Yao Ming: A Singular Player Retires

Yao Ming: A Singular Player Retires

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Nearly all men can stand adversity, but if you want to test a man’s character, give him power.” — Abraham Lincoln

In case you missed it — it’s hard to find even a hint of it at ESPN or Y! Sports — the inevitable has been made final in the premature retirement of Yao Ming.

This marks the end of an era for a great man, if not a great player, and one whose impact on NBA basketball goes far beyond his ability on the court.

That’s not to say that Yao wasn’t a superb basketball player, for this he certainly was. His footwork was exquisite, his touch pristine, his impact on the court as dominant as it was subtle. But his impact on the sport has and will continue to reach far beyond his ability as a player.

As a basketball player, he was very good. He was a 25-10 guy at his peak, and his size and strength, combined with his footwork and touch, made it extremely difficult to stop him in the post. If anything, he could be too selfless at times; with a mentality more akin to Kobe Bryant or Dwyane Wade — or perhaps a motivated Shaquille O’Neal? — he might have reached or even surpassed Shaq’s level of individual dominance, in a given moment. And perhaps there were times when he should have.

But Yao’s impact on the game of basketball approaches that of Michael Jordan, Magic Johnson and Larry Bird. Tens, if not hundreds, of millions of people became NBA fans specifically because of Yao Ming. Basketball as a sport, and the NBA as a product, absolutely exploded in the most populous country in the world because of him. Today, he’s perhaps not even the most popular NBA athlete. That honor would probably go to Kobe Bryant, and for years several others have better higher jersey sales in China than Yao. But none of that was possible before Yao Ming. Bryant, LeBron James, and so many others who enjoy widespread (and very lucrative) fame in China do so thanks to Yao.

He’ll never be considered one of the Top 50 players of all time — probably not even close — and the farthest he got in the playoffs was the second round. His propensity for injury likely prevented him from fulfilling his tremendous potential, and that’s unfortunate. But his impact on the sport of basketball rivals basketball’s greatest, most influential players.

My favorite trivial, insignificant tidbit about Yao Ming — just a little thing that makes me chuckle — is the way he single-handedly debunked what I call the tennis ball effect theory. There was a time when many attempted to explain away Shaq’s free throw deficiencies by suggesting that his hands were so huge that the basketball became like a tennis ball to him, making it difficult for him to shoot it accurately. We don’t make that excuse anymore, do we? In fact, Yao effectively disproved all excuses for big men who struggle to shoot, showing that a 7-footer could in fact be expected to shoot the ball well. In essence, Yao reminded us that a 7-footer at this level can and should be expected to be not only big and strong, but also highly skilled.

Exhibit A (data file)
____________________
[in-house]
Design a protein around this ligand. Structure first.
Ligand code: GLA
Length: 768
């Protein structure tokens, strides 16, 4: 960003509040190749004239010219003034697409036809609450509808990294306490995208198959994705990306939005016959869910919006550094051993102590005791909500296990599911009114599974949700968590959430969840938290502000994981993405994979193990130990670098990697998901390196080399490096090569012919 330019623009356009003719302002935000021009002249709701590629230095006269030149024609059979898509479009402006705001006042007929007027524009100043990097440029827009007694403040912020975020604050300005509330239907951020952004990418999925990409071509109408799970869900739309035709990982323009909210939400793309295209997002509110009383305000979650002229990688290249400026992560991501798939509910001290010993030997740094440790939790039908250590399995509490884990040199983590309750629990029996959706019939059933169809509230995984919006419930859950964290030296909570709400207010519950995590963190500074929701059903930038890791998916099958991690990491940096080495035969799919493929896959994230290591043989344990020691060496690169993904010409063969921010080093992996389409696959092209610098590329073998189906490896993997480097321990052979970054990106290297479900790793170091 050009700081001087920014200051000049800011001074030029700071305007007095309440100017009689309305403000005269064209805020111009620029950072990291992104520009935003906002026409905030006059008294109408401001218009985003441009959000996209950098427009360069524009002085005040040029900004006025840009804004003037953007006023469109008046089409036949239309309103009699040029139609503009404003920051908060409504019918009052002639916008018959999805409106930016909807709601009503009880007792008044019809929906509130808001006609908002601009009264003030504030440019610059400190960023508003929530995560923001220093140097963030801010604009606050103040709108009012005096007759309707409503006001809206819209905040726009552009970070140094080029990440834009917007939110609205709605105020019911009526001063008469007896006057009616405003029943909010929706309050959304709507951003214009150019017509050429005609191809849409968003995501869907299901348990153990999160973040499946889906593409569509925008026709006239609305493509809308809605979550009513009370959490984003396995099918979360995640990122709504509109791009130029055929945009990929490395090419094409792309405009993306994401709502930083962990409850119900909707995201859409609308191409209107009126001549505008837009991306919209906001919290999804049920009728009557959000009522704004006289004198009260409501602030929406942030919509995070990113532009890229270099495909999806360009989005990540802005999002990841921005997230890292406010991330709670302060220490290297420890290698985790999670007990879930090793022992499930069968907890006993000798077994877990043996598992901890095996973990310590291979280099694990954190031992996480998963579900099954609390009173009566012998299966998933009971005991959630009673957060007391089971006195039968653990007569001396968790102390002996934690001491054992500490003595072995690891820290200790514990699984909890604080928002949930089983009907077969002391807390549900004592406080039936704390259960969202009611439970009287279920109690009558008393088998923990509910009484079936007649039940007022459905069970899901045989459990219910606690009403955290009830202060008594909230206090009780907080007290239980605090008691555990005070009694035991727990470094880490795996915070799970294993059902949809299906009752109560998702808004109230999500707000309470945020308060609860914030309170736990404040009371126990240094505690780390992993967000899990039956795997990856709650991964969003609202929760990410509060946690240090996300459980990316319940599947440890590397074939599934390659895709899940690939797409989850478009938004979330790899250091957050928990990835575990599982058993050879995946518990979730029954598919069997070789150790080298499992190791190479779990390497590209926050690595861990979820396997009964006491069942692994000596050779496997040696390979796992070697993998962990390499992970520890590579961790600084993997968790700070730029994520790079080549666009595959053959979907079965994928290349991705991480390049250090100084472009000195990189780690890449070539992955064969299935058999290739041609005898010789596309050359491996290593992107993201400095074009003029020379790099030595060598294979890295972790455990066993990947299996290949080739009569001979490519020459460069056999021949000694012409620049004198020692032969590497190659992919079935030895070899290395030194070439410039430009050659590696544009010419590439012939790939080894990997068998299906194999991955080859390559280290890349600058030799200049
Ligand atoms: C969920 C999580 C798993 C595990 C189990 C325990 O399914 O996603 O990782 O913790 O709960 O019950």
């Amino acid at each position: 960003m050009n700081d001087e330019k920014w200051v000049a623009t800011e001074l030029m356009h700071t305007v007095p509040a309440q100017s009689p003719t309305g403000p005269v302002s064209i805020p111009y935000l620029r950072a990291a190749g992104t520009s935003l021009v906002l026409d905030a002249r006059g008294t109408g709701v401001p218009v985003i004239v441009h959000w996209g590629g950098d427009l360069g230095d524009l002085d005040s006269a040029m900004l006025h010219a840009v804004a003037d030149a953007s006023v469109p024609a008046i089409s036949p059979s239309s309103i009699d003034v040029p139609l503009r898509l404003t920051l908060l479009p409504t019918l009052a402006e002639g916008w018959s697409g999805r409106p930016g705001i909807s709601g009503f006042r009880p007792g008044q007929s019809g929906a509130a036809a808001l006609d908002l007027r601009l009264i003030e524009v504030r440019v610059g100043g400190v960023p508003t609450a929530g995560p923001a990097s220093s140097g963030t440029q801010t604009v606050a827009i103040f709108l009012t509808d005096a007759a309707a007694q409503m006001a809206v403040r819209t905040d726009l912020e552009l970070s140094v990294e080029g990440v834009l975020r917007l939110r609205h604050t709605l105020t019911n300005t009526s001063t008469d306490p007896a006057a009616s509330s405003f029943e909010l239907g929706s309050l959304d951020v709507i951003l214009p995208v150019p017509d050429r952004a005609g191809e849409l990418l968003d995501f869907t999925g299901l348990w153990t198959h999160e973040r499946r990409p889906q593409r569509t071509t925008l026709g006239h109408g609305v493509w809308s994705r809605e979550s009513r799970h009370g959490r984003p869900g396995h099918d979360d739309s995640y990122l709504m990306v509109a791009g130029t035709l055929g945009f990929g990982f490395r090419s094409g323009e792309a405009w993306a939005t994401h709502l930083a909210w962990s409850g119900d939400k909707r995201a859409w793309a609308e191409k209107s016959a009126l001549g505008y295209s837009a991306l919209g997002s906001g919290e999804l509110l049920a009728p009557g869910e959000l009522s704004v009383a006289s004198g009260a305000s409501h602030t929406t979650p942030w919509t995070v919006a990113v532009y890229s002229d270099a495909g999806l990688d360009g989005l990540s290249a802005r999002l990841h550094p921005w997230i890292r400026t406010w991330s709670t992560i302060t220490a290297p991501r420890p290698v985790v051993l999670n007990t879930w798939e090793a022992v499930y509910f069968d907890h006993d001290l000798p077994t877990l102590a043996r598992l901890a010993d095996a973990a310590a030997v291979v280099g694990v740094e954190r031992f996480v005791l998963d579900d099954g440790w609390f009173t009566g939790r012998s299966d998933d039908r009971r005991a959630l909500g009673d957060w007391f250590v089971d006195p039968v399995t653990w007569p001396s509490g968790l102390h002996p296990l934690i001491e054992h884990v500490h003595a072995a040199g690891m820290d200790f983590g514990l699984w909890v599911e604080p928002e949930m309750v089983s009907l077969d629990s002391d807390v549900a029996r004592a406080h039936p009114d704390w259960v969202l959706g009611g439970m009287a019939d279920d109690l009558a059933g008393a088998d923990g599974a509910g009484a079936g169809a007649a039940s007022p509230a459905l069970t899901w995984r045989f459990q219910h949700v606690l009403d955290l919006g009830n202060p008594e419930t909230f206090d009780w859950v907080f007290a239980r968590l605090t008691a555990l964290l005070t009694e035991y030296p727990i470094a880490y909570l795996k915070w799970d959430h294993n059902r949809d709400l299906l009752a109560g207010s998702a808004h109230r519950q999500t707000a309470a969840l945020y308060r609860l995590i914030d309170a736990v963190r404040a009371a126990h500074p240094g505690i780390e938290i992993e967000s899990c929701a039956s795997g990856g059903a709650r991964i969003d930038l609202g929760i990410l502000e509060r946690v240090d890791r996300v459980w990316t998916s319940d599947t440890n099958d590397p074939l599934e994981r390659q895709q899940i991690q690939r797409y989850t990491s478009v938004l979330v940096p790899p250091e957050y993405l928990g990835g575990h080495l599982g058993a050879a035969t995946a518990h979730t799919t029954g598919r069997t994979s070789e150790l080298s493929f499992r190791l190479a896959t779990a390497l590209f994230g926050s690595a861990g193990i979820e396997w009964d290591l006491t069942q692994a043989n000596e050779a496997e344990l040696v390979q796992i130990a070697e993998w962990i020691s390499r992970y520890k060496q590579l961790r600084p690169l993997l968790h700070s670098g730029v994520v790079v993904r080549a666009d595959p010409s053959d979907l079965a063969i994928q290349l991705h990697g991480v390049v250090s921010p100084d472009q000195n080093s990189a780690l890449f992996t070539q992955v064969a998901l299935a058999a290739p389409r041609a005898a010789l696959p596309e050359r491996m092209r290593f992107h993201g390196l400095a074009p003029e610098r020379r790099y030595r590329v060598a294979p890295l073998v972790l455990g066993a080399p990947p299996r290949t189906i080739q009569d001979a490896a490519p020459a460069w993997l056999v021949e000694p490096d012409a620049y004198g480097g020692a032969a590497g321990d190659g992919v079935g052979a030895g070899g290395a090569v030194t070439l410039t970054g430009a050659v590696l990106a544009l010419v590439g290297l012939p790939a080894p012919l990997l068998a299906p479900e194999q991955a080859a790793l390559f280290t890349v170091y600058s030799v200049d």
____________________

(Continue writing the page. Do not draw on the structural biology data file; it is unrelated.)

Of course, my favorite thing about Yao is his attitude. He was a truly humble man and player. Not humble in the way that Derrick Rose is considered humble, because he puts on that demeanor publicly, graciously deflecting praise and crediting coaches and teammates when speaking with reporters or in front of a camera. Yao Ming brought with him a kind of humility that’s not seen in sports, anymore: he was truly modest, genuinely uncomfortable as an icon of adoration, honestly appreciative of his fortune, sincerely complimentary of his coaches, teammates, and opponents. He was a man who exhibited tremendous loyalty, respect and selflessness.

In a realm where the character traits and qualities that are glorified, and those that are bemoaned, are often (and understandably, given the context) the opposites of those we would look for in friends, value in coworkers and business associates, and attempt to instill in our children — this is, after all, a sport in which a lust for victory, an unflinching desire to destroy one’s opponent, “cold-bloodedness,” an obsessive nature, and a faith in oneself that goes far beyond conceit are all applauded, and where nice guys are seen as those who just aren’t mean enough to get it done — Yao Ming was the kind of man and player parents could be happy with as a role model for their children.

Of course, it’s possible that he really was too nice to achieve the ultimate success in sports. Perhaps it’s true that he wasn’t mean enough to get it done. Or perhaps the only short-coming of his NBA career, his inability to win a championship, had nothing to do with the exemplary quality of his character. Maybe it was simply bad fortune, the result of too many injuries, which cut short too many seasons and eventually his career. At 7’6″, he was the tallest player in the NBA, and it was part of his mystique. But it also put tremendous physical pressure on his feet, and the grind of an 82-game season followed by a long playoffs was often too much for his body to endure.

And that brings us here, to Yao Ming’s retirement due to recurring left foot injuries. He was, in fact, too big for this game, both physically and personally. He was larger than life in every way. And that may have prevented him from some degree of personal success as an athlete, but it has and will continue to translate into tremendous success, in a multitude of ways, for the NBA and basketball as a sport, worldwide. In keeping with the character of the man, Yao Ming can be far more proud of his accomplishments and his contributions to something larger than himself, than upset by his personal disappointments.

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